summary We present a fabrication planning framework capable of extending specialized geometric design tools to seamless digital chains that directly connect designer and CNC fabrication machinery. By integrating design and fabrication planning processes, the framework avoids common data exchange problems and allows for feedback on fabrication planning results at design time.
keywords Geometrically Complex Architecture; Digital Fabrication; CAD/CAM; CNC Machining; Computer Aided Process Planning (CAPP).
series ACADIA
type Normal Paper
last changed 2014/09/29 05:51

_id 735b
authors Tolone, W.J.
year 2000
title Virtual situation rooms: connecting people across enterprises for supply-chain agility
source Computer-Aided Design, Vol. 32 (2) (2000) pp. 109-117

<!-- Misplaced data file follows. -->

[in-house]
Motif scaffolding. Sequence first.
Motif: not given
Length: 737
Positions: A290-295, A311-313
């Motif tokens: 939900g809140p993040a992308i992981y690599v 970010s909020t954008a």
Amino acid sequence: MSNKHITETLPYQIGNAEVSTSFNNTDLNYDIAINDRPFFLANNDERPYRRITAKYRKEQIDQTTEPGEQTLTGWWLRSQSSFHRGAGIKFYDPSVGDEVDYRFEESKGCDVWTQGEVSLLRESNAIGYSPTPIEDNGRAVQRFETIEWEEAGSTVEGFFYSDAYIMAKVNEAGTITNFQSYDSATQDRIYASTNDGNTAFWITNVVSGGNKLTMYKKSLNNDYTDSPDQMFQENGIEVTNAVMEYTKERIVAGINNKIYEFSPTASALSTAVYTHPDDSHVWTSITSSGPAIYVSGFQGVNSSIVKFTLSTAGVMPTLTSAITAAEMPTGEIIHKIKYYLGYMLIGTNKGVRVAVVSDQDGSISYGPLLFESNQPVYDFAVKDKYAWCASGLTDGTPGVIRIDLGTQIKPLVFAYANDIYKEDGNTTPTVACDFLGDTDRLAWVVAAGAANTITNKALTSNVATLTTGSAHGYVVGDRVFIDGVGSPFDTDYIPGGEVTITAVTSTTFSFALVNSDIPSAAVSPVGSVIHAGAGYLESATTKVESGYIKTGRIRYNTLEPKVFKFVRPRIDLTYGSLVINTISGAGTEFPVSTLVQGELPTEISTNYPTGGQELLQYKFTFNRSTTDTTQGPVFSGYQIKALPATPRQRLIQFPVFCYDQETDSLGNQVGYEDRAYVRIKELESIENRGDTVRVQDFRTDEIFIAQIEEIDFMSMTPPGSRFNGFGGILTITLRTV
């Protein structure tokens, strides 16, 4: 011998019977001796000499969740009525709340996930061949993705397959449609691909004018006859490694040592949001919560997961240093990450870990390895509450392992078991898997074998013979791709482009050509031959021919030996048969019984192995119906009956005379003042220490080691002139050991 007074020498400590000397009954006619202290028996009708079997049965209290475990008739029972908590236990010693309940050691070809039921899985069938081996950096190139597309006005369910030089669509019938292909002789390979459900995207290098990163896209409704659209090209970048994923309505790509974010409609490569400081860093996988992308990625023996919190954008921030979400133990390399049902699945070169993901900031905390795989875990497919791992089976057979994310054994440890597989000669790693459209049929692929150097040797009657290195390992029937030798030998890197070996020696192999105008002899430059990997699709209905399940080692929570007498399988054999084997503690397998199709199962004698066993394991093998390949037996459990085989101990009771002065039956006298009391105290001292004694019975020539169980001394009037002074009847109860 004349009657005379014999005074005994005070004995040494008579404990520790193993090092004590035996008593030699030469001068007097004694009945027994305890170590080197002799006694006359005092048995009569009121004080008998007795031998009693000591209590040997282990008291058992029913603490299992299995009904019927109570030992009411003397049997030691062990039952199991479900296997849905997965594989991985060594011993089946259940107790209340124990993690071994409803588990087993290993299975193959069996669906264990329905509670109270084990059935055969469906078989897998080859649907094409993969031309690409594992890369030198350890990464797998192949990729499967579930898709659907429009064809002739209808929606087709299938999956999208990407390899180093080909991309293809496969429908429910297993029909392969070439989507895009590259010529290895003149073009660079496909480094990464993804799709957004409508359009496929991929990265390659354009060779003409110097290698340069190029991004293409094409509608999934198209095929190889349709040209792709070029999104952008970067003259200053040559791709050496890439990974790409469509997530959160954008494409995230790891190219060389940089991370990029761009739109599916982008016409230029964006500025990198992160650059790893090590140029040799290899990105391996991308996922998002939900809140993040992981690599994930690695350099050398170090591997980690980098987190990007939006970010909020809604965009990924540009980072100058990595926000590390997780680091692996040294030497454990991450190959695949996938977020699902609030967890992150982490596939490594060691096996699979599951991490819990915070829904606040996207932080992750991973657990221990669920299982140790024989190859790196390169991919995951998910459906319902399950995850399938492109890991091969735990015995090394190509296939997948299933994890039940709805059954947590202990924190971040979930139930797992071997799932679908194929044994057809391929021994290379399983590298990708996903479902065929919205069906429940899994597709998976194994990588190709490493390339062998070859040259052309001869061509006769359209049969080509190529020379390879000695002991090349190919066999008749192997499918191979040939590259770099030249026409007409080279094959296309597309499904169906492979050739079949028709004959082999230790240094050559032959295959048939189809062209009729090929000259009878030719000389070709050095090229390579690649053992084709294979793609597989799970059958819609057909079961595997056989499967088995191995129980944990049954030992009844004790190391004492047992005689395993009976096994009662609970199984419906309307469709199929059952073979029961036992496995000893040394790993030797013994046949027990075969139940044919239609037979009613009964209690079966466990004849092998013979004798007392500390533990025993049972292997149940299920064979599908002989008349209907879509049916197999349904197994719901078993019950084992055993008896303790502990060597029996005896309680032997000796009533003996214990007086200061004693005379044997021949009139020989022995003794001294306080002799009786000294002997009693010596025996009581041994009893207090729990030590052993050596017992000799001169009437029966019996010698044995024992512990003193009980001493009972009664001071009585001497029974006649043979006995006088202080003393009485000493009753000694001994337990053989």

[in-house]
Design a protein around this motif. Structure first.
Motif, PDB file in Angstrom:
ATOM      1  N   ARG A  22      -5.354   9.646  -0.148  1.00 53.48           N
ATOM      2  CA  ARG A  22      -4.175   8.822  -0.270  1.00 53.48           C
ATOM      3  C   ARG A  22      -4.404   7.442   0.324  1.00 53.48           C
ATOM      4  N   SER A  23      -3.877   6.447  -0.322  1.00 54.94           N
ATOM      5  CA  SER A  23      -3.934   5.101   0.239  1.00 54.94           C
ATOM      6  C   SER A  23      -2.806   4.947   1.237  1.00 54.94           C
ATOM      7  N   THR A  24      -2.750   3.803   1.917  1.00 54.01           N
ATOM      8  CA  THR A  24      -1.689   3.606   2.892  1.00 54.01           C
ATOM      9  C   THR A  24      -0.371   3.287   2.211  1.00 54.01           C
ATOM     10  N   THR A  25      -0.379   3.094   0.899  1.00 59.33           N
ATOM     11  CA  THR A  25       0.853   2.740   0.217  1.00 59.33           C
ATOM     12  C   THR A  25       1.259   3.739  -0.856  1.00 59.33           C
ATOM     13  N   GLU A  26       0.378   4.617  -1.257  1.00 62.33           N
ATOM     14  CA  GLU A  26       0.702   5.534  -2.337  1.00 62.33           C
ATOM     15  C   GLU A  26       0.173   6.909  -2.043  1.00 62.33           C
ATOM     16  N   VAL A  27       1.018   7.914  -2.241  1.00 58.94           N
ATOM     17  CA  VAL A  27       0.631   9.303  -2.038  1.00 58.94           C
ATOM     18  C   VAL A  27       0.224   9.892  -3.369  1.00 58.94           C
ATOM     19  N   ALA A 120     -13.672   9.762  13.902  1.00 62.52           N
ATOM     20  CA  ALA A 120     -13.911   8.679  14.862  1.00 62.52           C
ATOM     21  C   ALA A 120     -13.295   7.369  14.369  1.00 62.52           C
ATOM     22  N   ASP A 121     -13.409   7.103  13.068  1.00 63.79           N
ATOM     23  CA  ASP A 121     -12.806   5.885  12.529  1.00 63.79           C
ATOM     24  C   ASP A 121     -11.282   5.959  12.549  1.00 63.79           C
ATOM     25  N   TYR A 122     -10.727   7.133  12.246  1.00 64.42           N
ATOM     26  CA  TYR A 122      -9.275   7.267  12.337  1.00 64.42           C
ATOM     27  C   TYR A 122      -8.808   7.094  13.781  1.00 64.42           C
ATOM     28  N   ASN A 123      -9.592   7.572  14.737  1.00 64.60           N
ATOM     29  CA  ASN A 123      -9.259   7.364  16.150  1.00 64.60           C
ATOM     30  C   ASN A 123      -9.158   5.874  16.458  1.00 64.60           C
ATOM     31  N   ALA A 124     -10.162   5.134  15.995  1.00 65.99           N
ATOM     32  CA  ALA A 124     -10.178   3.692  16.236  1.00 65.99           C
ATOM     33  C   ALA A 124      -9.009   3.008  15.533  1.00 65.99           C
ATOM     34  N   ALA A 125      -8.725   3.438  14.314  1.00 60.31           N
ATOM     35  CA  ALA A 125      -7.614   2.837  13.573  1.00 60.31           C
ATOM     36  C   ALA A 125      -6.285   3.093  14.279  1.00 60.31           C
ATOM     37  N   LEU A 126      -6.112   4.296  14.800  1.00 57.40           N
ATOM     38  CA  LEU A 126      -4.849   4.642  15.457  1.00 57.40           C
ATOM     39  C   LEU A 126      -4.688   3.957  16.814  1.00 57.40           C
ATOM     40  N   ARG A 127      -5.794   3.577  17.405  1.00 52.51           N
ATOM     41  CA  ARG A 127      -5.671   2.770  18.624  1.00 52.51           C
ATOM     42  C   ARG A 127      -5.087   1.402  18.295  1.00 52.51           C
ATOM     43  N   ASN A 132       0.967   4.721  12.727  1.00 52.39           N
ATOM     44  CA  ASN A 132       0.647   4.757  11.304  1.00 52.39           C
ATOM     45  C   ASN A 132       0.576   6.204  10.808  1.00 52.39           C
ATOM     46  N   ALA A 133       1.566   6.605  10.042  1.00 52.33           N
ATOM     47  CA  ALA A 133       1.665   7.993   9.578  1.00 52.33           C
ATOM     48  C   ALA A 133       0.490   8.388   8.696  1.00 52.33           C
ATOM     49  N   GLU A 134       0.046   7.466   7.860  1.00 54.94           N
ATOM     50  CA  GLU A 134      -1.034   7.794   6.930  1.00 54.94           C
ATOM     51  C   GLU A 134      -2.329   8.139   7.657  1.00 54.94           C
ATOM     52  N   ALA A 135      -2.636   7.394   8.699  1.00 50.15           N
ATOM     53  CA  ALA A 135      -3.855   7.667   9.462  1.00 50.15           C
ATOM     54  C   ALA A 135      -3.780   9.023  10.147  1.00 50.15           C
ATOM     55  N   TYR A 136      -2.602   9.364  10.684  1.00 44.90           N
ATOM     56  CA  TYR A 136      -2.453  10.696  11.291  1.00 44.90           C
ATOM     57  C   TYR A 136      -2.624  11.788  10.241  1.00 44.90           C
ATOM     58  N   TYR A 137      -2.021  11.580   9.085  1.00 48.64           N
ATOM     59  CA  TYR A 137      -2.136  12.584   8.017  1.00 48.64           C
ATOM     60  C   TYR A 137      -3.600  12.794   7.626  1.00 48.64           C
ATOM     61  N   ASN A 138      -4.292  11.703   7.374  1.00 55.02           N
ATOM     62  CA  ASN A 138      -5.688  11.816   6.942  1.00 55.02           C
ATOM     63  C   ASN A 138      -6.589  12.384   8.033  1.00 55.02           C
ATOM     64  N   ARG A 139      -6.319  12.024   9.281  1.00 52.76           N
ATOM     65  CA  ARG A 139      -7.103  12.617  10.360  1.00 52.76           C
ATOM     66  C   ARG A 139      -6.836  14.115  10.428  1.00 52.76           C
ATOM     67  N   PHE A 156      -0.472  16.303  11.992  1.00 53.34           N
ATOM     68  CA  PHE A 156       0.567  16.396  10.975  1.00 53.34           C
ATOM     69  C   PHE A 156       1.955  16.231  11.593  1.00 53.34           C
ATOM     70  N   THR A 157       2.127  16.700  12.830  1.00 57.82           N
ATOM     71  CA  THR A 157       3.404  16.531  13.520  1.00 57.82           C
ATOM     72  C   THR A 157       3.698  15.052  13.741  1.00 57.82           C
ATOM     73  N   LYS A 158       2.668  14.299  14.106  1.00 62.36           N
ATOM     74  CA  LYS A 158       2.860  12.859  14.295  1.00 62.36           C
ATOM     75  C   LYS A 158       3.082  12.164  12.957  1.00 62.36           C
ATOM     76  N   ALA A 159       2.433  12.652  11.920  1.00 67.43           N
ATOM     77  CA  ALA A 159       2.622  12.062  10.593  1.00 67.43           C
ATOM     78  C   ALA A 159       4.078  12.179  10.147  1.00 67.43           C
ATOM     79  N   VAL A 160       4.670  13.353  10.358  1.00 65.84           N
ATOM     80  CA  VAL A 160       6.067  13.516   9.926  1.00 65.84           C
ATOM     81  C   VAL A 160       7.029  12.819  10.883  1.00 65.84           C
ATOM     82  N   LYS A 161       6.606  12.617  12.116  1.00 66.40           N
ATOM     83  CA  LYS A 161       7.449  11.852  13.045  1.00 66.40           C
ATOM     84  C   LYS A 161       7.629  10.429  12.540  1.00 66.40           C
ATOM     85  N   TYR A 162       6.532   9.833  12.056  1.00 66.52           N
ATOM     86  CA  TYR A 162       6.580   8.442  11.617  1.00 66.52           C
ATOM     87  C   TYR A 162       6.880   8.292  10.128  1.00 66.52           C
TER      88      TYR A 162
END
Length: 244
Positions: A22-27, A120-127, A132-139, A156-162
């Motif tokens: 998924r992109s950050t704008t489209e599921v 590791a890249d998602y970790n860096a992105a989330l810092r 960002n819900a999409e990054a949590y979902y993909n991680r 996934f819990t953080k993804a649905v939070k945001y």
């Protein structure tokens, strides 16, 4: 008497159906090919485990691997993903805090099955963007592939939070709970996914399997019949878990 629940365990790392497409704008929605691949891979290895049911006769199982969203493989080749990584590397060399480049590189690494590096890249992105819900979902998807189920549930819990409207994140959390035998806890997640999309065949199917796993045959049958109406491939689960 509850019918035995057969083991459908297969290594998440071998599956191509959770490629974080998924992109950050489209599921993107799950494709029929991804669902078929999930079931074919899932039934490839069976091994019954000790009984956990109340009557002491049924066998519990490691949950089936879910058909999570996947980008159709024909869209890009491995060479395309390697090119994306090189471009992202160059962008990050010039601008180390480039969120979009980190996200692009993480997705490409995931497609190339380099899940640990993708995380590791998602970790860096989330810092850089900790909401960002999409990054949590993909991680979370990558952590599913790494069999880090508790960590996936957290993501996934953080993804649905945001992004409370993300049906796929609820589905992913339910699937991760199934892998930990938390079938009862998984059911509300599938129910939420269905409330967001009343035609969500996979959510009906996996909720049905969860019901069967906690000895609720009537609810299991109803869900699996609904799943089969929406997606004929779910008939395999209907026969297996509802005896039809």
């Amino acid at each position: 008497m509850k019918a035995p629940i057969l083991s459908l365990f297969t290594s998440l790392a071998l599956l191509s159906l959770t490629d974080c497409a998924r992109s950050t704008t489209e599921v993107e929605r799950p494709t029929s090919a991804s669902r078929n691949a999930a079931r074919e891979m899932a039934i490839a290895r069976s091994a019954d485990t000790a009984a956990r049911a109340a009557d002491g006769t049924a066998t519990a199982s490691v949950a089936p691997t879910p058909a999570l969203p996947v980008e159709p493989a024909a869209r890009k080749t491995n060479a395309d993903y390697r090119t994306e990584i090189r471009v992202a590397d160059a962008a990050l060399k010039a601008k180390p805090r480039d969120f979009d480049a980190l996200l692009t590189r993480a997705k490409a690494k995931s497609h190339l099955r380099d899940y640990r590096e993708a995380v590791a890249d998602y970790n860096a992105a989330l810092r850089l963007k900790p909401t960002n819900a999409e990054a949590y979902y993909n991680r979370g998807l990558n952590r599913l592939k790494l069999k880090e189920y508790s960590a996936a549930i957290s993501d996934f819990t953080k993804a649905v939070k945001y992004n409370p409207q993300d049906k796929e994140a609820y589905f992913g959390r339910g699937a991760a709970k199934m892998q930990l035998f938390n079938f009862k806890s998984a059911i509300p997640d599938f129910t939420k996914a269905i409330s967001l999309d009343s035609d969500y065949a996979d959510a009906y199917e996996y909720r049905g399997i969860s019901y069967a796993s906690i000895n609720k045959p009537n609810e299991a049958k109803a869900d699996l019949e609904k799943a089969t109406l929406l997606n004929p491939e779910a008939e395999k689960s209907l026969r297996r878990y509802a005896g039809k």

summary Agility and time-based manufacturing are critical success factors for today's manufacturing enterprise. To be competitive, enterprises must integrate their supply chains moreeffectively and forge close memberships with customers and suppliers more quickly. Consequently, technologies must be developed that enable enterprises to respond toconsumer demand more quickly, integrate with suppliers more effectively, adapt to market variations more efficiently and evolve product designs with manufacturing practicesmore seamlessly. The mission of the Extended-Enterprise Coalition for Integrated Collaborative Manufacturing Systems coalition is to research, develop, and demonstratetechnologies to enable the integration of manufacturing applications in a multi-company supply chain planning and execution environment. We believe real-time andasynchronous collaboration technology will play a critical role in allowing manufacturers to increase their supply chain agility. We are realizing our efforts through our VirtualSituation Room (VSR) technology. The primary goal of the VSR technology is to enhance current ad-hoc, limited methods and mechanisms for spontaneous, real-timecommunication using feature-rich, industry standards-based building blocks and network protocols. VSR technology is being designed to find and engage quickly all relevantmembers of a problem solving team supported by highly interactive, conversational access to information and control and enabled by business processes, security policies andtechnologies, intelligence, and integration tools.